Then came the one-two punch that made me rank Cage as perhaps the most eccentric and hilarious actor of his peer group, "Peggy Sue Got Married" and "Raising Arizona." 1986 and 1987. And as far as I was concerned, that was it. Cage was amazing, fearless, insane, inventive and always worth watching.
So of course nobody knew what to do with him.
Yes, it's familiar material, but done oh-so-well
Jae Head, Quinton Aaron, and Sandra Bullock all enjoy story time in a scene from 'The Blind Side'
Credit: Warner Bros.
I've offered up a few bits of coverage of this film this week, including a talk with the director, John Lee Hancock, and an interview with Leigh Anne Touhy, the woman whose real life inspired the film in the first place. If you've read those interviews, then you might have picked up by now that I was surprised by how much I enjoyed "The Blind Side."
Based on a book by Michael Lewis, "The Blind Side" tells the story of Michael Oher, who is now a left tackle for the Baltimore Ravens, but who started life as a kid with pretty much everything stacked against him. The film is ostensibly a sports drama, but it violates a lot of the "rules" of the genre, to good effect. Instead of having everything hinge on the games we watch, Hancock keeps the focus squarely on the people and their story, and the result is affecting. Simple, direct, but affecting.
Michael Oher (Quinton Aaron) was a kid growing up in the worst parts of Memphis when he managed to get enrolled in a private school, where he ended up in class with the kids of Sean Touhy (Tim McGraw) and his wife Leigh Anne (Sandra Bullock). When Leigh Anne realized Michael was essentially homeless, taking care of himself, she reached out and offered him a place to stay. What started as a temporary act of kindness ended up changing their family when the Touhys slowly came to think of Michael as their son. Due to his enormous size, Michael was identified early on as a possible football player, and it was only once Leigh Anne helped him realize what special skills he brought to the game that he unlocked his potential and became a star, eventually winning a chance at college and a life he never would have had without the Touhys.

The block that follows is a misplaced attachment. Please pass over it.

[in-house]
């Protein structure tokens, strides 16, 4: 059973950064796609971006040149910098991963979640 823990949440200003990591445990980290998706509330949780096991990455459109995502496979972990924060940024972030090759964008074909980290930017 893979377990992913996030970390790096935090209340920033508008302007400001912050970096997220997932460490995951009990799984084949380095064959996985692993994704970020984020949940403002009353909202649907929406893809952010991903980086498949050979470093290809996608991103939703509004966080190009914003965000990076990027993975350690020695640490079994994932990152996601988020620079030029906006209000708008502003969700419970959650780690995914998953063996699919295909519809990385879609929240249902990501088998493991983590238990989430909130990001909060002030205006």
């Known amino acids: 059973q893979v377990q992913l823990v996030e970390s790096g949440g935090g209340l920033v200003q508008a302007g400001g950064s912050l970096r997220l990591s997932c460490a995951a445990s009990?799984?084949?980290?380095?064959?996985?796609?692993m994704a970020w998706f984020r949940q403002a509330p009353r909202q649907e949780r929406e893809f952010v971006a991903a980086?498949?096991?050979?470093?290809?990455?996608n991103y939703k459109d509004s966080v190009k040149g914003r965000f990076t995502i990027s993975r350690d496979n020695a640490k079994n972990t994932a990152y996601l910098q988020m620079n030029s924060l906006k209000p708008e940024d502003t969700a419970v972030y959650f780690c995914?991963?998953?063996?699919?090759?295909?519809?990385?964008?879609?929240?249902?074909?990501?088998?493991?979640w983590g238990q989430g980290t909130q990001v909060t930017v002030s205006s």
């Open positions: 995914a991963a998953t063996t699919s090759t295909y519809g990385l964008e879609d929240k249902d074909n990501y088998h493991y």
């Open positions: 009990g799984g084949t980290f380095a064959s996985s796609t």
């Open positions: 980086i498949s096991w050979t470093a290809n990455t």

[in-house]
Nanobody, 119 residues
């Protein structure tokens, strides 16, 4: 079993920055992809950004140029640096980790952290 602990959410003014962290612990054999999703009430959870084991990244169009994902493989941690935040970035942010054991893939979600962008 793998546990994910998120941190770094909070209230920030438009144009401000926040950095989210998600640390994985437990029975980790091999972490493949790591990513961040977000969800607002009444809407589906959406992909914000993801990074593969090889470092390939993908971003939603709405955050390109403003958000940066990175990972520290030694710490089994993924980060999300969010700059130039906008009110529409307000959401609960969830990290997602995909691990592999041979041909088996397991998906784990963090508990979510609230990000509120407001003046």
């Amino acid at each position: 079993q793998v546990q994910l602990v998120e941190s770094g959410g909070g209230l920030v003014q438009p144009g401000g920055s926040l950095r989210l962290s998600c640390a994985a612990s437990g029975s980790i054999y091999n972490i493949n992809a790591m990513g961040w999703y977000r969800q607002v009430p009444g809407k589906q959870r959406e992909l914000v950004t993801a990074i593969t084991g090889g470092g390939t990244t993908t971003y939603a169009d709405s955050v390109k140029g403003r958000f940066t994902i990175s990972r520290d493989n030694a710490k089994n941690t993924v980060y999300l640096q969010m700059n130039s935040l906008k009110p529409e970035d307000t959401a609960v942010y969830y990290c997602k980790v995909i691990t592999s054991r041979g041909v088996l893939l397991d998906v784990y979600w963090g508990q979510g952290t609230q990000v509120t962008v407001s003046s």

Did returning to China turn him back into a great filmmaker?
You want epic? This is John Woo's idea of a small intimate moment in the absurdly large-scale 'Red Cliff,' playing in limited release and available in VOD
Credit: Magnet Releasing
Meeting John Woo is one of those things I can now knock off of my personal checklist, and I'm pleased to report he was delightful and very warm and personable.
I'm also pleased to report that "Red Cliff," his latest film, is a giant epic slice of John Woo battle sequences, duplicity among men, and slow-motion that is perfectly utilized. In other words, this is a real John Woo film, not that weak sauce Hollywood kept trying to get him to make.
It's disconcerting that the version we're seeing here in the United States is literally half of the movie he meant for it to be. Released in China as two movies totally five hours, "Red Cliff" has been turned into one two-and-a-half-hour movie for release here. I almost don't think I can offer a review of the film until I've seen the two-part version, because while I enjoyed what I saw, it's blatantly obvious that it is a heavily trimmed version of something.
In the brief time we had together, I asked Woo about returning to China to make movies and bringing these big Hollywood techniques to an industry that's used to doing things in a very different way. I don't appear on camera in this brief interview, so you'll just hear Woo discussing the film, but I swear... I was in the room, basking in the glow of the dude who made "Hard Boiled":